Life can be difficult at times for those with mental health issues and for their families. There are things like the medical matters, time pressures, ongoing care, and ongoing support just to name some of them. For some, this can be a life-long trial, whereas for others it may be short term. However, there is no denying that at times the person suffering from mental health issues may feel lonely, ashamed and unable to explain their world.
Some added elements that Christ-followers in this situation may have are questions like, why did God allow this to happen to me and why hasn’t He healed me yet so I don’t need medical help? On this issue, Michelle Boorstein from the Washington Post said,
“Part of our belief system is that God changes everything, and that because Christ lives in us, everything in our hearts and minds should be fixed. But that doesn’t mean we don’t sometimes need medical help and community help to do those things. That’s the heart of my issue.”
Yes, God does still heal today, and we should never stop praying. But that does not mean those suffering will not also need medical and psychological help, as not everyone will be healed. Those going through mental health challenges can feel alone and misunderstood because of not being healed, even Christ-followers. Remember that a person’s mental health does not define them. Instead, we need to see them through our Heavenly Father’s eyes.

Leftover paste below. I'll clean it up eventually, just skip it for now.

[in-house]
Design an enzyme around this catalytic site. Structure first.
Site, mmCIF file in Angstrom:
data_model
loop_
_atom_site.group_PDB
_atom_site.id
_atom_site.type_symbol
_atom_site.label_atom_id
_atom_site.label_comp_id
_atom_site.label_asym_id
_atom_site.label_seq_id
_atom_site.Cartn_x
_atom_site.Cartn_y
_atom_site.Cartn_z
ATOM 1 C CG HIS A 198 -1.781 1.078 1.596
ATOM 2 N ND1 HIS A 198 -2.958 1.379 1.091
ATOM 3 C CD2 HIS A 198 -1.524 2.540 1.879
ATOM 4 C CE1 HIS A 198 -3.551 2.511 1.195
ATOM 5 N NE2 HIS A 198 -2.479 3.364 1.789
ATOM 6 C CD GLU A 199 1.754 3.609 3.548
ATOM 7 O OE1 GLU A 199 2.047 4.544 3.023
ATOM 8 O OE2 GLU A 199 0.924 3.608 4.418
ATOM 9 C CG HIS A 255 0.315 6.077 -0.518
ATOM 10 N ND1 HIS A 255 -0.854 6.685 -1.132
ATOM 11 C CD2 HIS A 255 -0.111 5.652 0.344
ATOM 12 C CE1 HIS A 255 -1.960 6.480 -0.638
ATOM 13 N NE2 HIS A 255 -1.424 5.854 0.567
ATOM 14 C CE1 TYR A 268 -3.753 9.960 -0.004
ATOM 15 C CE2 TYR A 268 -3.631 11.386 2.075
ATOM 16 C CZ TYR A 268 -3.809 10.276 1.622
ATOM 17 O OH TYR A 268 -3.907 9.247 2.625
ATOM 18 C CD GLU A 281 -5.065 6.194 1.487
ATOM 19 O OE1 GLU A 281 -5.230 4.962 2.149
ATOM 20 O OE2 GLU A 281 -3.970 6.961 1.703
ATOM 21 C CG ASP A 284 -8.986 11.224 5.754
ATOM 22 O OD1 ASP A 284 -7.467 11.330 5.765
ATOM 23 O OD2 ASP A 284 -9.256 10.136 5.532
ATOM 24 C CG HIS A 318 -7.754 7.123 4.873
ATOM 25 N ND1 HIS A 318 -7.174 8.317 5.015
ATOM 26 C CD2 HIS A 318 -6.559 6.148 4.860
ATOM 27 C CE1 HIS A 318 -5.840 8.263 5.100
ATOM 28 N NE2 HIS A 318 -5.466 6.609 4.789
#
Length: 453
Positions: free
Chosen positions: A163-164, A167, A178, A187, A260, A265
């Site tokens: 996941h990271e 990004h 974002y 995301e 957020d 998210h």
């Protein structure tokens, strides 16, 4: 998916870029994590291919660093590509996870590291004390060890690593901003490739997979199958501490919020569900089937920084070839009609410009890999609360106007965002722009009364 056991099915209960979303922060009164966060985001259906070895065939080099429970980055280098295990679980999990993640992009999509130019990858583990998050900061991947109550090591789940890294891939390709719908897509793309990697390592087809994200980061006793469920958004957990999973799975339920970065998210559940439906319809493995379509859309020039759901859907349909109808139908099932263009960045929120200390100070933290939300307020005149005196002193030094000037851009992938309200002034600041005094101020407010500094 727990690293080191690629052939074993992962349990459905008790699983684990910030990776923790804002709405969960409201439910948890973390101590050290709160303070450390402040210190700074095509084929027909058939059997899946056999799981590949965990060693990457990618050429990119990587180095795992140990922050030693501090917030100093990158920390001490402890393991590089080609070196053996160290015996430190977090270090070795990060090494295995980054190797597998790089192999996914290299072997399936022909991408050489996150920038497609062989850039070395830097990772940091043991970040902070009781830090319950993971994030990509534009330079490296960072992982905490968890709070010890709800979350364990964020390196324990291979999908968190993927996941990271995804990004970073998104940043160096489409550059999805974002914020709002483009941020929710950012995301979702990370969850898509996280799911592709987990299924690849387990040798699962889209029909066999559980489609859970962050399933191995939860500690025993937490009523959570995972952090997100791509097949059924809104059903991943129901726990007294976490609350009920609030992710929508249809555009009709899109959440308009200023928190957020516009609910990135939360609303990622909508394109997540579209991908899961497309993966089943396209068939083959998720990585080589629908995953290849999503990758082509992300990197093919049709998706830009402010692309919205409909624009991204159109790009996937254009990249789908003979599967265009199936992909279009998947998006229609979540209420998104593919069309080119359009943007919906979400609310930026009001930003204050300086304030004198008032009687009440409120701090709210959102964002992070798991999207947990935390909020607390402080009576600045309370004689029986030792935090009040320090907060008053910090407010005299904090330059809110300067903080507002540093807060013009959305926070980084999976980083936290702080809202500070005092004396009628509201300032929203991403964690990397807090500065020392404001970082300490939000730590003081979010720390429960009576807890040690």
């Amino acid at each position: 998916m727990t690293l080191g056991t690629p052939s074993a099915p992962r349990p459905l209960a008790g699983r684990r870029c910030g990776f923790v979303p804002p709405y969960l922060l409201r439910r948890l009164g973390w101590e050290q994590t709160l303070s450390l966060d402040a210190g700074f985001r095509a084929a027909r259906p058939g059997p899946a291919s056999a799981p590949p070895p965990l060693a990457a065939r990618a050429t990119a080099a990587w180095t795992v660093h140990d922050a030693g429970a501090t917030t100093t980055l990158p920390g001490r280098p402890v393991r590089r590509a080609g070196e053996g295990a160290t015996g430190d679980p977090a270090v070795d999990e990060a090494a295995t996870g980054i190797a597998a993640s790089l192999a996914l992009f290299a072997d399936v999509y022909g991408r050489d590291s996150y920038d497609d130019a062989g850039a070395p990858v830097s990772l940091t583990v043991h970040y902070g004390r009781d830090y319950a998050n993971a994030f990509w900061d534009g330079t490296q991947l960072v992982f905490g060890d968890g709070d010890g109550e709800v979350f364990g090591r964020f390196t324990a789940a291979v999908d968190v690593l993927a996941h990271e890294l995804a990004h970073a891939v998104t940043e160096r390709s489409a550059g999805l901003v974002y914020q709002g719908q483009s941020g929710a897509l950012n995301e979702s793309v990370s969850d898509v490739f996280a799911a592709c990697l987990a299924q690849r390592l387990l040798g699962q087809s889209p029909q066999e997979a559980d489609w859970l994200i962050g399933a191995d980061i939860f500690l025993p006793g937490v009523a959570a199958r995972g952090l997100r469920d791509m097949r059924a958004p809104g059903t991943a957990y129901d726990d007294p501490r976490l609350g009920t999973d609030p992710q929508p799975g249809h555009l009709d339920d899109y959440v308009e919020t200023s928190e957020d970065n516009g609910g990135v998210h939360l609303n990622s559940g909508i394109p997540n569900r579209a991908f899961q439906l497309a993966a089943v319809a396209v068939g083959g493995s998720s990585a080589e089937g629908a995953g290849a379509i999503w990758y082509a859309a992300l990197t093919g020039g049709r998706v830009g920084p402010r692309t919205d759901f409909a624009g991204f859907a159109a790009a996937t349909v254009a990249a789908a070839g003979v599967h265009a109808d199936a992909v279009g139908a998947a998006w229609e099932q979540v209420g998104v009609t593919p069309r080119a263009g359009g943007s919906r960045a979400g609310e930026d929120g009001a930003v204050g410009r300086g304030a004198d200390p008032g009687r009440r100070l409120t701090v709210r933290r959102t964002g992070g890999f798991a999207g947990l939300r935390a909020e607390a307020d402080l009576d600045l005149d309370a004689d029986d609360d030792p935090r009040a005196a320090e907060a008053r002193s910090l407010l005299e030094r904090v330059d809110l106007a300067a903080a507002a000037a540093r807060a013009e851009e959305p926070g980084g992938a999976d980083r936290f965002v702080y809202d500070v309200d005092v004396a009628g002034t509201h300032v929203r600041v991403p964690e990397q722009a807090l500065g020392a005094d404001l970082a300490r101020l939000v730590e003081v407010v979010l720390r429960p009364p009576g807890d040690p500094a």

16 “So we have stopped evaluating others from a human point of view. At one time we thought of Christ merely from a human point of view. How differently we know Him now! 17 This means that anyone who belongs to Christ has become a new person. The old life is gone; a new life has begun!” (2 Co 5:16-17 NLT)
See Christ-followers with mental health issues as new persons in Christ. However, we need to see all those suffering mental health issues as people worthy of respect and to be valued. It needs to be clearly stated that,
“People are crying out for help, and we cannot afford to be ignorant or afraid. Christians have to break the stigma and the shame of mental illness.”
 “Suicide of star pastor Rick Warren’s son sparks debate about mental illness.” April 10, 2013. https://www.washingtonpost.com/local/suicide-of-megapastor-rick-warrens-son-sparks-debate-about-mental-illness/2013/04/10/322e4910-a148-11e2-9c03-6952ff305f35_story.html?utm_term=.db14308e0cd9 (Accessed 3rd May 2017).
 “Mental Illness & Medication vs. Spiritual Struggles & Biblical Counselling.” http://www.christianitytoday.com/edstetzer/2013/april/mental-illness-medication-vs-spiritual-struggles.html (Accessed 3rd May 2017).